The Pre – school Learning Alliance – Early Years Agenda: Interim Report   1 comment

The Pre -school Learning Alliance have been in the news over the last few days due to the publication of their Interim Report into the Early Years Agenda

If you have not seen it yet you can download it here Early Years Agenda:Interim Report

I admit that I have been a bit slow off the mark in writing my own personal review of this report – however since I received my personal copy at the Pre school Learning Alliance AGM on Friday 6th June – my life has been hectic to say the the least – and it was not until the evening of 14th June while in my caravan for a weekend a way – that I actually found the time to read the report in full – from cover to cover.

 

And so – a bit delayed but here are my personal thoughts on the Early Years Agenda: Interim Report. I am not going to go through it page by page or word by word as I do sometimes with other reports – instead I am going to dip in and out of the report, picking up on the things that stood out to me – and so this review will be a rather unusual!

As I am rather pushed for time at the moment – I have decided to provide my feedback on the Interim Report in stages – so this is Part One. More to follow as and when I have time – but hopefully in the meantime people will access the full report themselves and have a read.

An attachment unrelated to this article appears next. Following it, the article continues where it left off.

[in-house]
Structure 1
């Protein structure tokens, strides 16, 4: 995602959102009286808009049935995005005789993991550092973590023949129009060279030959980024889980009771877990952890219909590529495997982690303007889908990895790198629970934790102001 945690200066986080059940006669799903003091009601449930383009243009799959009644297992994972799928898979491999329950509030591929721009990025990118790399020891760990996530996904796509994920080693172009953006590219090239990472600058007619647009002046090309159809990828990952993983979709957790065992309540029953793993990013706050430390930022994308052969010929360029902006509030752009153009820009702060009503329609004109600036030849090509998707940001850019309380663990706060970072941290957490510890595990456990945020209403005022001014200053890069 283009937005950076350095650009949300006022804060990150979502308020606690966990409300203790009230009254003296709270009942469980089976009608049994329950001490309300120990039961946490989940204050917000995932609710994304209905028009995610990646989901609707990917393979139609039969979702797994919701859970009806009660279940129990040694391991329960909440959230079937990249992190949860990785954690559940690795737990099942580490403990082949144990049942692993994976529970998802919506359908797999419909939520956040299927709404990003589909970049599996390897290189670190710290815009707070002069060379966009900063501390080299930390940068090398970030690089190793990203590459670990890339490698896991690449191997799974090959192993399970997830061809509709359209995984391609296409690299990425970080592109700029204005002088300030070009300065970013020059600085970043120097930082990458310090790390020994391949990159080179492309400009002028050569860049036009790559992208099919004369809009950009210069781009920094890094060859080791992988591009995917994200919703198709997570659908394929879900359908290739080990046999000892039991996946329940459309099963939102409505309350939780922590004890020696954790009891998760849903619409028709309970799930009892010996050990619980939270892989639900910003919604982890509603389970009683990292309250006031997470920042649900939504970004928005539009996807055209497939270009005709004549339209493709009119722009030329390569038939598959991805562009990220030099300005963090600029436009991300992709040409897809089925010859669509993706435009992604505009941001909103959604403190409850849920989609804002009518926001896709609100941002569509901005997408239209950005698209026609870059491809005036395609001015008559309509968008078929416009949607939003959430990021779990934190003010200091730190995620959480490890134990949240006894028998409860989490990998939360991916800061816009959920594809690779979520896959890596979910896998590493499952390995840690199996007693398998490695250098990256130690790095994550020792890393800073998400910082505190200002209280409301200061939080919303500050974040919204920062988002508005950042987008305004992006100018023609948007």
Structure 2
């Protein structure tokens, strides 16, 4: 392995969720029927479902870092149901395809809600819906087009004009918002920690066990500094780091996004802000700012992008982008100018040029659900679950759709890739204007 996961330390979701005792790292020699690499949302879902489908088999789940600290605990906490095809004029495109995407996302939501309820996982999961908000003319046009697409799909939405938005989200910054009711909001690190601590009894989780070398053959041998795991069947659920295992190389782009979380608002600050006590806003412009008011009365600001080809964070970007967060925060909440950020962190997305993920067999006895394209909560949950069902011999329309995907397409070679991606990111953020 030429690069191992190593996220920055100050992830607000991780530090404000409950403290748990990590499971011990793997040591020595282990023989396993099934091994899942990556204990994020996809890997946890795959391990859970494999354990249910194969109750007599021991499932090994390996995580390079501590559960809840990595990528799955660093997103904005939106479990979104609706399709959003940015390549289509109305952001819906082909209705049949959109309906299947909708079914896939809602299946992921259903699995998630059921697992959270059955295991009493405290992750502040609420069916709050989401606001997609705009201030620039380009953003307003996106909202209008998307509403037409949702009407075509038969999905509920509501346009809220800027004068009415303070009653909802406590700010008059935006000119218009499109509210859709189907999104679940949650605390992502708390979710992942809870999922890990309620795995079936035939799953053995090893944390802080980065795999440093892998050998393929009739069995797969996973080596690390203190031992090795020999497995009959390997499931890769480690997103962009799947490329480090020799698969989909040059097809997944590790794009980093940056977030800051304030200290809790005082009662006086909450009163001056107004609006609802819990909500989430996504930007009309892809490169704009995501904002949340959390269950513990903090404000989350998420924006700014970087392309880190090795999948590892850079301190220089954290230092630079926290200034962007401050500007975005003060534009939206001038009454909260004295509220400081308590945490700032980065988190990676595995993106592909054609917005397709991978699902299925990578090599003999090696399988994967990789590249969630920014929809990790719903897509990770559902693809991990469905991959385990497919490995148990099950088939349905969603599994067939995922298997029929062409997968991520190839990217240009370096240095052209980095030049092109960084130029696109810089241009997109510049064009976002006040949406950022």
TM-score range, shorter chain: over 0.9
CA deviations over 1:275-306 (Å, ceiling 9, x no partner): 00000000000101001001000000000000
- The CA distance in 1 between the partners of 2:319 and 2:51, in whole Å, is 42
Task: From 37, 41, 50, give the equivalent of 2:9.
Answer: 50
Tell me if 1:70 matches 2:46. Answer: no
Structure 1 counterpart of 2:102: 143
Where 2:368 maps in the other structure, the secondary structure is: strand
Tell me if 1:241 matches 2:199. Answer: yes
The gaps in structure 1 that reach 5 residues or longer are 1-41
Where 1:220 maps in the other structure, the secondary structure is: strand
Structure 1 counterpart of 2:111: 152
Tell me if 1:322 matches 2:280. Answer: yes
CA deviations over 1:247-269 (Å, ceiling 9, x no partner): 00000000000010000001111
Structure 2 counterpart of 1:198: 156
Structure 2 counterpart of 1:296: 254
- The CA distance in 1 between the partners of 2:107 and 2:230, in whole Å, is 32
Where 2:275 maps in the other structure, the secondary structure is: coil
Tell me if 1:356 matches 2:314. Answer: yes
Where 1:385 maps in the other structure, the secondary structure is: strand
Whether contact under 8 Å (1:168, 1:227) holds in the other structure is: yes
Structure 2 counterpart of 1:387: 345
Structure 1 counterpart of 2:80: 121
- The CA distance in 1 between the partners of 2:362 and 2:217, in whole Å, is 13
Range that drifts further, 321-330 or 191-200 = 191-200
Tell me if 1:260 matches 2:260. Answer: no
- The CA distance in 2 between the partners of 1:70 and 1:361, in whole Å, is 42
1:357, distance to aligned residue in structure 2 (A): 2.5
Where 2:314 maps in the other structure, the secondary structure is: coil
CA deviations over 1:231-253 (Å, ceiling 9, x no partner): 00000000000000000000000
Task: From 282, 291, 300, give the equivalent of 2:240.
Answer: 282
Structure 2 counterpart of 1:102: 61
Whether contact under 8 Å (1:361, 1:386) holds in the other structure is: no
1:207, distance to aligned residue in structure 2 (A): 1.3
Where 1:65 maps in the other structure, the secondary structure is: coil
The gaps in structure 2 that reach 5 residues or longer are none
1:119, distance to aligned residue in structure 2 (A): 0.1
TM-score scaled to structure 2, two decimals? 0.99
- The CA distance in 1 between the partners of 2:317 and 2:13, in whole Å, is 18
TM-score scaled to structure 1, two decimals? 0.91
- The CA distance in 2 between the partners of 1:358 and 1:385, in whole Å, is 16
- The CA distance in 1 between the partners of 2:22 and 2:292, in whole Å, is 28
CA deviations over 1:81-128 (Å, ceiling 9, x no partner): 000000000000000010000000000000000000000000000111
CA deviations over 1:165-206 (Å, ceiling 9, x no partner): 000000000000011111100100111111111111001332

I am going to start near the end of the report – on page 53, because the information on this page puts the report into context.

It explains that this report is the first of a number of in depth pieces of research that the Alliance is going to commission. Other areas to be covered will be

  • The true cost of delivering free entitlement places
  • Pay and conditions in the early years sector
  • Parent views on the current childcare sector and proposed government changes

All of this research – once completed will be used to underpin the Alliances ‘Early years manifesto for government’. This will be a realistic plan of action with these three key principles

  • The needs of the child must always be at the centre of all decision making
  • Policy should be based on an extensive body of evidence, not the personal views of government ministers (or other policy drivers, such as Ofsted.
  • Consulting with the early years sector should be the first step of policy development, not the last.

And in my personal opinion – quite so – I could not have put it better myself – those three key principles are what is sadly missing at the moment, and we are all now beginning to have to ‘put up with’ (can’t bring myself to say accept) the consequences of these three principles not guiding our current government.